Culture
Maltese architectural icons: wooden balconies
A defining characteristic of local facades, enclosed wooden balconies are as useful as they are pretty.

Adriana Bishop

It’s probably one of the first things you notice as you walk through any town or village. Often painted a bright emerald green, the enclosed wooden balconies prevalent around Malta and Gozo offer the best seat in the house to view the world going by in the street below. 

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The closed balcony is so ubiquitous that locals tend to take them for granted. In fact, during the so-called modernisation period between the 1960s and 1990s, the feature was almost lost to open stone terraces or aluminium cladding. Thankfully, sense has long since prevailed, and the traditional balcony is once more revered for the architectural gem it truly is.

It is believed that the enclosed format was originally derived from the Islamic muxrabija dating back to the late Middle Ages. Literally meaning “spy hole”, the muxrabija was most commonly a wooden frame which screened a window offering the viewer the opportunity to see out without being seen. It was a window out onto the world for women at a time when women were not allowed to socialise with the outside world. 

Older muxrabiji in Malta were made of stone and a handful still exist today, including one in Triq tal-Karmnu in Victoria, Gozo, in what used to be the Arab quarters. There is another stone muxrabija with a decorative style incorporated in it on the roof of 84, Santu Rokku Street, Birkirkara, the former residence of Censu Borg, one of the main insurgent leaders during the French blockade of 1798-1800. 

The trend for enclosed wooden balconies is said to have started in Valletta around the latter part of the 17th century, as baroque influences from continental Europe reached Maltese shores. As the most significant element on a property’s facade, the balcony quickly came to symbolise the owner’s social standing. The earliest balconies are thought to be the ones adorning the side of the President’s Palace on St George’s Square, which were already in place by 1741, and the balcony of Palazzo Bonici completed in 1739, and now part of the Manoel Theatre complex. 

But it wasn’t just the enclosed structure that became an architectural statement. The stone balcony supports have their own story to tell. One of the building regulations laid down by the Knights of St John for their new city was that corners had to display some form of sculptural ornamentation. Hence the large number of niches, monumental pilasters and cornices that adorn Valletta’s buildings.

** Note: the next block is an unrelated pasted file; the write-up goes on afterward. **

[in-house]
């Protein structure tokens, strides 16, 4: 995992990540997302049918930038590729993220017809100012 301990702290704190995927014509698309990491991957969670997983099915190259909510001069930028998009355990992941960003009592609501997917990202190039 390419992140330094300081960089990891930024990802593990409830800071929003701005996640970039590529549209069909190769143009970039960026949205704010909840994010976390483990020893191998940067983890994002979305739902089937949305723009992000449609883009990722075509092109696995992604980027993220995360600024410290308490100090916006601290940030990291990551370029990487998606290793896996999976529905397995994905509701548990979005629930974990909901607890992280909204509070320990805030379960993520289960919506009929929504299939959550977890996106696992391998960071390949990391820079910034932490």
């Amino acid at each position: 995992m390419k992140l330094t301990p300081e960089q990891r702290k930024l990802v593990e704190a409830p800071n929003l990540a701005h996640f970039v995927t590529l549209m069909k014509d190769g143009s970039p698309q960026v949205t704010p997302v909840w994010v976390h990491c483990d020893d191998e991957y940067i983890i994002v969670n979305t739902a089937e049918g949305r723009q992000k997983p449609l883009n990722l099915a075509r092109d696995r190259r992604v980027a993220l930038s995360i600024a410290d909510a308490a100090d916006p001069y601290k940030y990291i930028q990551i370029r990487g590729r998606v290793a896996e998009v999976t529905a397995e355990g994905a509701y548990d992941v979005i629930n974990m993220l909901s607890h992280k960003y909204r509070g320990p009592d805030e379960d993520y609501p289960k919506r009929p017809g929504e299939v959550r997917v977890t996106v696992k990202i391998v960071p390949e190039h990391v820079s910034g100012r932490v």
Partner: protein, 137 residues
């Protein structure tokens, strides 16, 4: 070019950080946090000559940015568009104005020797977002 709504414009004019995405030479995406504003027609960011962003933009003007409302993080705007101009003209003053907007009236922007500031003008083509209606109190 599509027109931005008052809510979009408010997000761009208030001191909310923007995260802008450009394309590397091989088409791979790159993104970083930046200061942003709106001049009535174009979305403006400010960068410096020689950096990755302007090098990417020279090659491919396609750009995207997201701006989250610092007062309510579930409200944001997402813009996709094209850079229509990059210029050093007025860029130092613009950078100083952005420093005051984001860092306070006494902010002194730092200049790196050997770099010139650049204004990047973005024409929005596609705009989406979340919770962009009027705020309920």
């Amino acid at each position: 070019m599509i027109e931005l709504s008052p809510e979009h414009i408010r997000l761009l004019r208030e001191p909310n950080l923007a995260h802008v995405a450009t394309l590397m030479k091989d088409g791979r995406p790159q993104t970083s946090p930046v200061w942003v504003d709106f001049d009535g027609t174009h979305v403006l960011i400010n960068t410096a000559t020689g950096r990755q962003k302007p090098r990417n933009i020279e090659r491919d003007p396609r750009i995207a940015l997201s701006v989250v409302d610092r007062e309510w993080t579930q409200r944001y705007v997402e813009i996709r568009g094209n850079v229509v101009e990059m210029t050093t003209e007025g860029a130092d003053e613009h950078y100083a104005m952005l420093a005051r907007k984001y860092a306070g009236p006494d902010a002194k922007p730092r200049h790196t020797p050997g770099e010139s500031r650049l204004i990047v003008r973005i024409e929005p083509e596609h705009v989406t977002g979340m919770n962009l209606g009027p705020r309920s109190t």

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The wrap around balconies were another way of conforming with this regulation. But take a closer look at the masonry supports known as saljaturi, especially, yes, the corner ones. They couldn’t just have boring, plain supports, now could they? This was the perfect marriage of functionality with design, where supports were lavishly and elaborately carved, many with grotesque faces with outstretched tongues meant to ward off the evil eye.

By the middle of the 18th century, smaller wooden balconies started appearing on more modest houses, and soon the fashion became so popular that the feature became known as La Maltija (the Maltese) as if the balcony had originated in Malta. As timber became cheaper and more widely available during British colonial times, more and more houses adopted the enclosed wooden balcony feature, even enclosing older open stone balconies.

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The balconies were mostly made of red deal, often matching the front door, and used to be priced by a purtella (window section). Apart from serving as a look-out, the enclosed balconies acted as a weather buffer, keeping out extreme heat or cold from the rest of the house. When water-closets (toilets, in other words) started being introduced in private houses, many ended up being installed in the balcony, with the side windows fitted with wooden screens for privacy. 

The balcony remains a popular feature of Maltese architecture today, albeit with a modern twist often made entirely out of stone. However, Government grants to restore old wooden enclosed balconies ensure this defining characteristic of local urban heritage will live on. And so iconic is the balcony, that it has even made it to the catwalk as a design element on high end fashion!


Adriana Bishop
Written by
Adriana Bishop
A former journalist and travel PR executive, Adriana divides her time between her adopted home Switzerland and her forever home Malta where she enjoys playing the ‘local tourist’ re-discovering favourite haunts and new attractions on every visit.

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